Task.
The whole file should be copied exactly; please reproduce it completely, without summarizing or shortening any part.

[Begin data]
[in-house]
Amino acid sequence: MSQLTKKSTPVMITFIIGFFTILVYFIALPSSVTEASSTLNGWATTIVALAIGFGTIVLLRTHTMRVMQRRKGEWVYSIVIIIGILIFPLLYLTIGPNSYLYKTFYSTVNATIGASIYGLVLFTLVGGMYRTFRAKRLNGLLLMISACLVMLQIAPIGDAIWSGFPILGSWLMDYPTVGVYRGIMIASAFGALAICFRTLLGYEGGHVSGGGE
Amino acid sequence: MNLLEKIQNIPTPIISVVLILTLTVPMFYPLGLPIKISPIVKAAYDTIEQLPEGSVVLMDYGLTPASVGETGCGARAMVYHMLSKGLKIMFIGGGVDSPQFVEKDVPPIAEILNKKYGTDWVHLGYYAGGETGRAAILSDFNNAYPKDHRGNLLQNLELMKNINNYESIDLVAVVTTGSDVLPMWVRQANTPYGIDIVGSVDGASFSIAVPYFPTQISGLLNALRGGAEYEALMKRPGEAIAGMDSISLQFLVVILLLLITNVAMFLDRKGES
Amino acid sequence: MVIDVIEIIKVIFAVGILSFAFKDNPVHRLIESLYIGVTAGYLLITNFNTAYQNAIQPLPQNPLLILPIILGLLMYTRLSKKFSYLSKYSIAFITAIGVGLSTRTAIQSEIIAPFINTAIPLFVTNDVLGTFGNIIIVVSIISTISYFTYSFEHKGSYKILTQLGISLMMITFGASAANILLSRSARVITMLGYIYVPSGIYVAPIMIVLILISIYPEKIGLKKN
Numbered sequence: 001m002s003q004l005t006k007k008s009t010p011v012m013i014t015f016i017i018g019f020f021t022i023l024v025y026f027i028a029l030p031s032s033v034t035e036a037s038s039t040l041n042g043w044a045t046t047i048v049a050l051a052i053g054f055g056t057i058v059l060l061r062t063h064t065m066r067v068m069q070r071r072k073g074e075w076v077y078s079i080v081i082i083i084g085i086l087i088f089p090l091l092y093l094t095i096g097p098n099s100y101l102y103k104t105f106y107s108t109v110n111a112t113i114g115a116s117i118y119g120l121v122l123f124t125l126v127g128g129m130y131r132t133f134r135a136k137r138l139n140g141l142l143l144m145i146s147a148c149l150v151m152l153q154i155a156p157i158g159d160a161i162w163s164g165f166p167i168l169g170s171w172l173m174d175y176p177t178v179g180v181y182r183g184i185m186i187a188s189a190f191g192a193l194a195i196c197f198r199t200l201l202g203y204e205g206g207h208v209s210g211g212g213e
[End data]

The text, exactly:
[in-house]
Amino acid sequence: MSQLTKKSTPVMITFIIGFFTILVYFIALPSSVTEASSTLNGWATTIVALAIGFGTIVLLRTHTMRVMQRRKGEWVYSIVIIIGILIFPLLYLTIGPNSYLYKTFYSTVNATIGASIYGLVLFTLVGGMYRTFRAKRLNGLLLMISACLVMLQIAPIGDAIWSGFPILGSWLMDYPTVGVYRGIMIASAFGALAICFRTLLGYEGGHVSGGGE
Amino acid sequence: MNLLEKIQNIPTPIISVVLILTLTVPMFYPLGLPIKISPIVKAAYDTIEQLPEGSVVLMDYGLTPASVGETGCGARAMVYHMLSKGLKIMFIGGGVDSPQFVEKDVPPIAEILNKKYGTDWVHLGYYAGGETGRAAILSDFNNAYPKDHRGNLLQNLELMKNINNYESIDLVAVVTTGSDVLPMWVRQANTPYGIDIVGSVDGASFSIAVPYFPTQISGLLNALRGGAEYEALMKRPGEAIAGMDSISLQFLVVILLLLITNVAMFLDRKGES
Amino acid sequence: MVIDVIEIIKVIFAVGILSFAFKDNPVHRLIESLYIGVTAGYLLITNFNTAYQNAIQPLPQNPLLILPIILGLLMYTRLSKKFSYLSKYSIAFITAIGVGLSTRTAIQSEIIAPFINTAIPLFVTNDVLGTFGNIIIVVSIISTISYFTYSFEHKGSYKILTQLGISLMMITFGASAANILLSRSARVITMLGYIYVPSGIYVAPIMIVLILISIYPEKIGLKKN
Numbered sequence: 001m002s003q004l005t006k007k008s009t010p011v012m013i014t015f016i017i018g019f020f021t022i023l024v025y026f027i028a029l030p031s032s033v034t035e036a037s038s039t040l041n042g043w044a045t046t047i048v049a050l051a052i053g054f055g056t057i058v059l060l061r062t063h064t065m066r067v068m069q070r071r072k073g074e075w076v077y078s079i080v081i082i083i084g085i086l087i088f089p090l091l092y093l094t095i096g097p098n099s100y101l102y103k104t105f106y107s108t109v110n111a112t113i114g115a116s117i118y119g120l121v122l123f124t125l126v127g128g129m130y131r132t133f134r135a136k137r138l139n140g141l142l143l144m145i146s147a148c149l150v151m152l153q154i155a156p157i158g159d160a161i162w163s164g165f166p167i168l169g170s171w172l173m174d175y176p177t178v179g180v181y182r183g184i185m186i187a188s189a190f191g192a193l194a195i196c197f198r199t200l201l202g203y204e205g206g207h208v209s210g211g212g213e